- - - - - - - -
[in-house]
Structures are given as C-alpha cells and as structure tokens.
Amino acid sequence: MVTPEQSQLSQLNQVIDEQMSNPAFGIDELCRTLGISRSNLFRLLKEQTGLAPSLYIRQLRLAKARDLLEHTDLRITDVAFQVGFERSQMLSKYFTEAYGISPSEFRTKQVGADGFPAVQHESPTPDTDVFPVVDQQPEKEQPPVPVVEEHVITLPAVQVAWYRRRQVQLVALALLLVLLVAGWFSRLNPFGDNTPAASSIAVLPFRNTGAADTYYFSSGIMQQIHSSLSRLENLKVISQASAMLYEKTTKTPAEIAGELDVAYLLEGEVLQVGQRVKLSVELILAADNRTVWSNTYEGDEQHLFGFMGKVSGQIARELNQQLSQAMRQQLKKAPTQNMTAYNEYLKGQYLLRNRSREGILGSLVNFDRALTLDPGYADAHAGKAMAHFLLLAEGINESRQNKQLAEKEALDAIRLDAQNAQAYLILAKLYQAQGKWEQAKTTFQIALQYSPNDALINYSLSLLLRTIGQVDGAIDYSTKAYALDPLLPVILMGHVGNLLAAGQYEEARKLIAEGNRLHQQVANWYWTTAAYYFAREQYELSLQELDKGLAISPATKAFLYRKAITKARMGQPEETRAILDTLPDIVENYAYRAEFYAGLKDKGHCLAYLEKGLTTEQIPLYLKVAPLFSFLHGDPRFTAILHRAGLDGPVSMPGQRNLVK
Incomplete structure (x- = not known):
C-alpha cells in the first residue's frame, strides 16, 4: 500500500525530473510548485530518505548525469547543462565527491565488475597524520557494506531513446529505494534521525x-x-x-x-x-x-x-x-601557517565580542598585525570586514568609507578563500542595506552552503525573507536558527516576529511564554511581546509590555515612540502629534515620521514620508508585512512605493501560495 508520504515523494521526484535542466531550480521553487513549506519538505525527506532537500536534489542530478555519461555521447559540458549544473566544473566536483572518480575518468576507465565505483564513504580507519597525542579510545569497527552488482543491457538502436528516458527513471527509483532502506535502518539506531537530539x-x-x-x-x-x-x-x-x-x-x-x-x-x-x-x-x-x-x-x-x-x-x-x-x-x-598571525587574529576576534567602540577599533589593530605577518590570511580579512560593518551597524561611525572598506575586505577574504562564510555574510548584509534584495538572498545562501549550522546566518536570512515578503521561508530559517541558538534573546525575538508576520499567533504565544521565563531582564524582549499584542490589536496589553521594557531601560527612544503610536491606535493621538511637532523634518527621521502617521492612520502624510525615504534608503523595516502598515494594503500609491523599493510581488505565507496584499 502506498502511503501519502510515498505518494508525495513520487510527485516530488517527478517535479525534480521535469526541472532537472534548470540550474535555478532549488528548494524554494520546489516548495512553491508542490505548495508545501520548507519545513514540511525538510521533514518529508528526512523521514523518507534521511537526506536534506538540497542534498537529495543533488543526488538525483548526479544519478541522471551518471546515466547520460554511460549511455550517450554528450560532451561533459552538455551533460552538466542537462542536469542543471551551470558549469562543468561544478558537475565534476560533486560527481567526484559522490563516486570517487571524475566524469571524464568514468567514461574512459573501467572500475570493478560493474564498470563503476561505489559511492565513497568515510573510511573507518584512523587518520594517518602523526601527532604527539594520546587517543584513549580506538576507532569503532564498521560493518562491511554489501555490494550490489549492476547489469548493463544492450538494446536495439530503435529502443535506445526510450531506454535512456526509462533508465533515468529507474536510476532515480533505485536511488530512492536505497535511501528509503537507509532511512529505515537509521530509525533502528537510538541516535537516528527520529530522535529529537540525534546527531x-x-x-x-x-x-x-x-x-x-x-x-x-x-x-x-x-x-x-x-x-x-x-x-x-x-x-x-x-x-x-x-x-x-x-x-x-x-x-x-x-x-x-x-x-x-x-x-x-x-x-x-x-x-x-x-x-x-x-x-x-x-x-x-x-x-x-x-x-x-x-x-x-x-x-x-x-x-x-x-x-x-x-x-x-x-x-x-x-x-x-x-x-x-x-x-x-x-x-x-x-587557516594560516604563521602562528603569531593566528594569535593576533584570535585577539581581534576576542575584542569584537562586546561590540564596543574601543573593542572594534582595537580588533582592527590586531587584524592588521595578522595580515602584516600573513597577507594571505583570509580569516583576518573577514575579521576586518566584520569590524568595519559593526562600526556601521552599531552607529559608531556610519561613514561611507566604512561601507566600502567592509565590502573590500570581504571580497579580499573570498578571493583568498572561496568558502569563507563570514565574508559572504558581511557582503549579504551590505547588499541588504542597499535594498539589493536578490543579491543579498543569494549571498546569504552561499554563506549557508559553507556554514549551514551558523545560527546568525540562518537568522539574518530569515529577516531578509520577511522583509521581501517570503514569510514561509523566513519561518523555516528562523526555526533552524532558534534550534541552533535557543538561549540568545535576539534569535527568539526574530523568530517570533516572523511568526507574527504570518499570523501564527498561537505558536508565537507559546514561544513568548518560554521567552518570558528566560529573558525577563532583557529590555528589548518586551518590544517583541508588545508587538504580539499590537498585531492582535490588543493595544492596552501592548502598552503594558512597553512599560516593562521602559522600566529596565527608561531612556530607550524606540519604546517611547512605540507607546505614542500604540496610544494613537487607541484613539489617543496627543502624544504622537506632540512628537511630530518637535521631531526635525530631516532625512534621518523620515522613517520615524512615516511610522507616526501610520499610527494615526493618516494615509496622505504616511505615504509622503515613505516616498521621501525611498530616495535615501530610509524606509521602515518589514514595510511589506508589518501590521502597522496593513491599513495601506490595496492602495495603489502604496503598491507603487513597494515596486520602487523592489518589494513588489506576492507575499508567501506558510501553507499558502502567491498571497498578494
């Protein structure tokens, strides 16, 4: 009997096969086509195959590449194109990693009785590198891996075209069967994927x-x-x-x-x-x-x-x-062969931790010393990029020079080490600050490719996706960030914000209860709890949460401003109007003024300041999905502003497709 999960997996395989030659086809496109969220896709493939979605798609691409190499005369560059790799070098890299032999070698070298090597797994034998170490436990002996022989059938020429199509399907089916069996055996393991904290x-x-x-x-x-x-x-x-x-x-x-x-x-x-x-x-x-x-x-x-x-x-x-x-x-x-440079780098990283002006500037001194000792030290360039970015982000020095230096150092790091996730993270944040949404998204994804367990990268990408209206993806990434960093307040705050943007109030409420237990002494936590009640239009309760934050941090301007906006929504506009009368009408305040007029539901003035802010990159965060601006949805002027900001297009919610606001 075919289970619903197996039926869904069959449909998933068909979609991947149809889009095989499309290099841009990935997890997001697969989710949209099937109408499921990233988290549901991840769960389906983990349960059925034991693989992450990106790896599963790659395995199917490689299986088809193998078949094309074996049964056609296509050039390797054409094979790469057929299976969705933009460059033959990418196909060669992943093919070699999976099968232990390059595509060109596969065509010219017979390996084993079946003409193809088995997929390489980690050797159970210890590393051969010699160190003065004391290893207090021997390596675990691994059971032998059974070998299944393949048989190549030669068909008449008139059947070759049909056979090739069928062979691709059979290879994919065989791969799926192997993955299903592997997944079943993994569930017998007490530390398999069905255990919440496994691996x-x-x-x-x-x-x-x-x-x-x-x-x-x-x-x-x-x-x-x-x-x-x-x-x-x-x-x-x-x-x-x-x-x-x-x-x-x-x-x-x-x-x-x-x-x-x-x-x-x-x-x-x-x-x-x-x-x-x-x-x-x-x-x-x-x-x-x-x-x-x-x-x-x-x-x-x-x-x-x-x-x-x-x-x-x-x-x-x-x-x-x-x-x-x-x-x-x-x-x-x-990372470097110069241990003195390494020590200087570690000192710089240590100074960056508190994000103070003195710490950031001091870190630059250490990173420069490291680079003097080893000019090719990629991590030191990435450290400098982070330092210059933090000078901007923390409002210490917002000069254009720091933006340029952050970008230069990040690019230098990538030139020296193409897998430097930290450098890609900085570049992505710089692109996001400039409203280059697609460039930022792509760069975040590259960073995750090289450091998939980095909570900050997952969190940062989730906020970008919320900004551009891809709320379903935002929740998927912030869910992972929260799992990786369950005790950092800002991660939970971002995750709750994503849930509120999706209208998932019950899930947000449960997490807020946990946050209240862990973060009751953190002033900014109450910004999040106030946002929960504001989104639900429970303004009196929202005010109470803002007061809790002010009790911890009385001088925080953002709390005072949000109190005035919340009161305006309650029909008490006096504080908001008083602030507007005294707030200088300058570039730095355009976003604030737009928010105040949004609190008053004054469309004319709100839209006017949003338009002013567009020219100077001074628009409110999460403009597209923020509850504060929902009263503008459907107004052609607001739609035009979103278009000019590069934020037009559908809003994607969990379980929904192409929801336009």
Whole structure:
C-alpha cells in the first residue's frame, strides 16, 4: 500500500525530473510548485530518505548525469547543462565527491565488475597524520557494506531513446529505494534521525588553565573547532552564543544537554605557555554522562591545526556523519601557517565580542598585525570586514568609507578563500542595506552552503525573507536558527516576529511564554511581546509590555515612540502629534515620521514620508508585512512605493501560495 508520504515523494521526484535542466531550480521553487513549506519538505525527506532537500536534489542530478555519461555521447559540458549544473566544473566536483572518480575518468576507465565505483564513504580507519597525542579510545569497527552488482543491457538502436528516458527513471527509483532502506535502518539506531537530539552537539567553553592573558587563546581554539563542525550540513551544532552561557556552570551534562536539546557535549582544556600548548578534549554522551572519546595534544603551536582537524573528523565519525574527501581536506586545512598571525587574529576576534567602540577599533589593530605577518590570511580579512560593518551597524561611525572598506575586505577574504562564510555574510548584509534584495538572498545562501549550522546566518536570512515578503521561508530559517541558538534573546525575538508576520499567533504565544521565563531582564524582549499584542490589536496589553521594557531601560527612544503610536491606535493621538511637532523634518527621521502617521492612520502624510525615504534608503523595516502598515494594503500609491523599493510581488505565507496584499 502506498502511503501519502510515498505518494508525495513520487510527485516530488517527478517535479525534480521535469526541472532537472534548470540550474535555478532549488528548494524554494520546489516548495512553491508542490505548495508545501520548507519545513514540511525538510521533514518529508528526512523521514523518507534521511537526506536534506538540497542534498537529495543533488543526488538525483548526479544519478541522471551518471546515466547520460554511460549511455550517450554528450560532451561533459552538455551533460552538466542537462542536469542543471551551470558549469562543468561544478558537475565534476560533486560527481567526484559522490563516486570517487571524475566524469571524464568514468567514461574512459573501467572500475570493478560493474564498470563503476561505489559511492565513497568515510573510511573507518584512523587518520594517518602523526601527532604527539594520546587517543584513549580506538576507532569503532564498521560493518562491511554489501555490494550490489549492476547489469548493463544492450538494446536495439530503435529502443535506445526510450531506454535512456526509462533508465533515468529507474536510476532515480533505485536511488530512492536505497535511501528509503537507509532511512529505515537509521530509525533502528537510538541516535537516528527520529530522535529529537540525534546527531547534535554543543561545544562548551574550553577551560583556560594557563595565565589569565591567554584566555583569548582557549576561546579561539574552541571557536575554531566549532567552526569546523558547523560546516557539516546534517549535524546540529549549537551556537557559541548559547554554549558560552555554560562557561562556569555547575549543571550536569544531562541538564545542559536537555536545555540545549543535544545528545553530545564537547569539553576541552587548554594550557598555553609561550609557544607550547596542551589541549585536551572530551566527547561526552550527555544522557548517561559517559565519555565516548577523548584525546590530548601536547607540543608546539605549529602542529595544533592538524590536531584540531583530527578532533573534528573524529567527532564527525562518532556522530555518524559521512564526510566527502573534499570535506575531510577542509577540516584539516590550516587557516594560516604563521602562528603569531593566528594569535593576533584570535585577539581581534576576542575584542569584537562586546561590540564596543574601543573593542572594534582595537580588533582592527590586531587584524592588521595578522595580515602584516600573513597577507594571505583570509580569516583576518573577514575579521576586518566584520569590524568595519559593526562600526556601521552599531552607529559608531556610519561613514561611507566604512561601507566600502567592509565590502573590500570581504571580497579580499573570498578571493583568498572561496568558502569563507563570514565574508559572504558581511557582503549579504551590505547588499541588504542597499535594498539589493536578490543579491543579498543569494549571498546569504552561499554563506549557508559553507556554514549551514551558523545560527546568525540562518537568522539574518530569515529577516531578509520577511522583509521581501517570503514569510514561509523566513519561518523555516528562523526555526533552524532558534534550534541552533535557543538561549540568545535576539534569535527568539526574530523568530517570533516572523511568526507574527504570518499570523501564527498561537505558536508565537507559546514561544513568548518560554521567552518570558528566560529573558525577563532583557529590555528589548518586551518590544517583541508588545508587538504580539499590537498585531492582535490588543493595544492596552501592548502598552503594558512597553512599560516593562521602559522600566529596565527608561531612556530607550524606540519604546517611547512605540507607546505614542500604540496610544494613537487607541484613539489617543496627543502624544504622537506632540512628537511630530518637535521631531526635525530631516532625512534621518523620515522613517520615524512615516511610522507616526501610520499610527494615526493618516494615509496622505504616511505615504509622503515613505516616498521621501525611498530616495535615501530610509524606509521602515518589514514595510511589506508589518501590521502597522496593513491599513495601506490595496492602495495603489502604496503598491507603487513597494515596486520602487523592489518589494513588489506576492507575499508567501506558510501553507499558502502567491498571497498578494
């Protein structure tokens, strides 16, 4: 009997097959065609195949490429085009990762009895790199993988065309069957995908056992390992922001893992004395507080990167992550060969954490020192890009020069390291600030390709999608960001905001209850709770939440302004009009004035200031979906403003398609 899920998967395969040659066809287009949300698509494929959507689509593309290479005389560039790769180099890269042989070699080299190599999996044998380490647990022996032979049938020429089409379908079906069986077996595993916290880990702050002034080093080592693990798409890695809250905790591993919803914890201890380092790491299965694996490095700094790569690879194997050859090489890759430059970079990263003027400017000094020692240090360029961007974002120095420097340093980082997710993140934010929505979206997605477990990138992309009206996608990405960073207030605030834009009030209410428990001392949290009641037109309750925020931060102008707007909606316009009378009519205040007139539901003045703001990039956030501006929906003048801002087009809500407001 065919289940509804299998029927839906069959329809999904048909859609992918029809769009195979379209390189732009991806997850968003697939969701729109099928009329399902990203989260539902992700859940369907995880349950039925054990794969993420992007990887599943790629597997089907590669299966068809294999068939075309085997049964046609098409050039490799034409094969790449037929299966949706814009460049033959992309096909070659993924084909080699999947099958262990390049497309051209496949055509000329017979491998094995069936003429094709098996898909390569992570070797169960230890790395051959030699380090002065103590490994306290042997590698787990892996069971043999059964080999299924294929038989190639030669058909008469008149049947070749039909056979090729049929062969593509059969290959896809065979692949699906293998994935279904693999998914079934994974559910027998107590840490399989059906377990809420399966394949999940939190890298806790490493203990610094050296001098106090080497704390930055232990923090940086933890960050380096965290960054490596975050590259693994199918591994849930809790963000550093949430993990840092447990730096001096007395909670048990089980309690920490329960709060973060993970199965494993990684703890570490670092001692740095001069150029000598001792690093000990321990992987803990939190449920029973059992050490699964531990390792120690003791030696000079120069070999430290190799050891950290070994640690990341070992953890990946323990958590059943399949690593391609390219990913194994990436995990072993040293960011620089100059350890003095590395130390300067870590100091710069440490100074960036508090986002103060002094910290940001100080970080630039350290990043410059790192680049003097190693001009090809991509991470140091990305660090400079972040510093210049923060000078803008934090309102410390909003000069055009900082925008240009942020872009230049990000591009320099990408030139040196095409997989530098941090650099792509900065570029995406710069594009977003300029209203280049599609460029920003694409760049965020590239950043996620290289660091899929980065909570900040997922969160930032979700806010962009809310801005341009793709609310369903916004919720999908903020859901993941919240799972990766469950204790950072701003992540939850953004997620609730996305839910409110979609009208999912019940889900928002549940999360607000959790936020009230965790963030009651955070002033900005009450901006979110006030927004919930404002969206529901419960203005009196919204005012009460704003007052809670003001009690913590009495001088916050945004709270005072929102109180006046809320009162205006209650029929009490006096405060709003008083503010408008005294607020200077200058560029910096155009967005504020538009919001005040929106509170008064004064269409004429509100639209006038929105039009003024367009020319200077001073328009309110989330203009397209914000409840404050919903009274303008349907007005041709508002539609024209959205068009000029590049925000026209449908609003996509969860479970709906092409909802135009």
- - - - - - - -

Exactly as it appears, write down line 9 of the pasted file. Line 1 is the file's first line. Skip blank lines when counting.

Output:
């Protein structure tokens, strides 16, 4: 009997097959065609195949490429085009990762009895790199993988065309069957995908056992390992922001893992004395507080990167992550060969954490020192890009020069390291600030390709999608960001905001209850709770939440302004009009004035200031979906403003398609 899920998967395969040659066809287009949300698509494929959507689509593309290479005389560039790769180099890269042989070699080299190599999996044998380490647990022996032979049938020429089409379908079906069986077996595993916290880990702050002034080093080592693990798409890695809250905790591993919803914890201890380092790491299965694996490095700094790569690879194997050859090489890759430059970079990263003027400017000094020692240090360029961007974002120095420097340093980082997710993140934010929505979206997605477990990138992309009206996608990405960073207030605030834009009030209410428990001392949290009641037109309750925020931060102008707007909606316009009378009519205040007139539901003045703001990039956030501006929906003048801002087009809500407001 065919289940509804299998029927839906069959329809999904048909859609992918029809769009195979379209390189732009991806997850968003697939969701729109099928009329399902990203989260539902992700859940369907995880349950039925054990794969993420992007990887599943790629597997089907590669299966068809294999068939075309085997049964046609098409050039490799034409094969790449037929299966949706814009460049033959992309096909070659993924084909080699999947099958262990390049497309051209496949055509000329017979491998094995069936003429094709098996898909390569992570070797169960230890790395051959030699380090002065103590490994306290042997590698787990892996069971043999059964080999299924294929038989190639030669058909008469008149049947070749039909056979090729049929062969593509059969290959896809065979692949699906293998994935279904693999998914079934994974559910027998107590840490399989059906377990809420399966394949999940939190890298806790490493203990610094050296001098106090080497704390930055232990923090940086933890960050380096965290960054490596975050590259693994199918591994849930809790963000550093949430993990840092447990730096001096007395909670048990089980309690920490329960709060973060993970199965494993990684703890570490670092001692740095001069150029000598001792690093000990321990992987803990939190449920029973059992050490699964531990390792120690003791030696000079120069070999430290190799050891950290070994640690990341070992953890990946323990958590059943399949690593391609390219990913194994990436995990072993040293960011620089100059350890003095590395130390300067870590100091710069440490100074960036508090986002103060002094910290940001100080970080630039350290990043410059790192680049003097190693001009090809991509991470140091990305660090400079972040510093210049923060000078803008934090309102410390909003000069055009900082925008240009942020872009230049990000591009320099990408030139040196095409997989530098941090650099792509900065570029995406710069594009977003300029209203280049599609460029920003694409760049965020590239950043996620290289660091899929980065909570900040997922969160930032979700806010962009809310801005341009793709609310369903916004919720999908903020859901993941919240799972990766469950204790950072701003992540939850953004997620609730996305839910409110979609009208999912019940889900928002549940999360607000959790936020009230965790963030009651955070002033900005009450901006979110006030927004919930404002969206529901419960203005009196919204005012009460704003007052809670003001009690913590009495001088916050945004709270005072929102109180006046809320009162205006209650029929009490006096405060709003008083503010408008005294607020200077200058560029910096155009967005504020538009919001005040929106509170008064004064269409004429509100639209006038929105039009003024367009020319200077001073328009309110989330203009397209914000409840404050919903009274303008349907007005041709508002539609024209959205068009000029590049925000026209449908609003996509969860479970709906092409909802135009």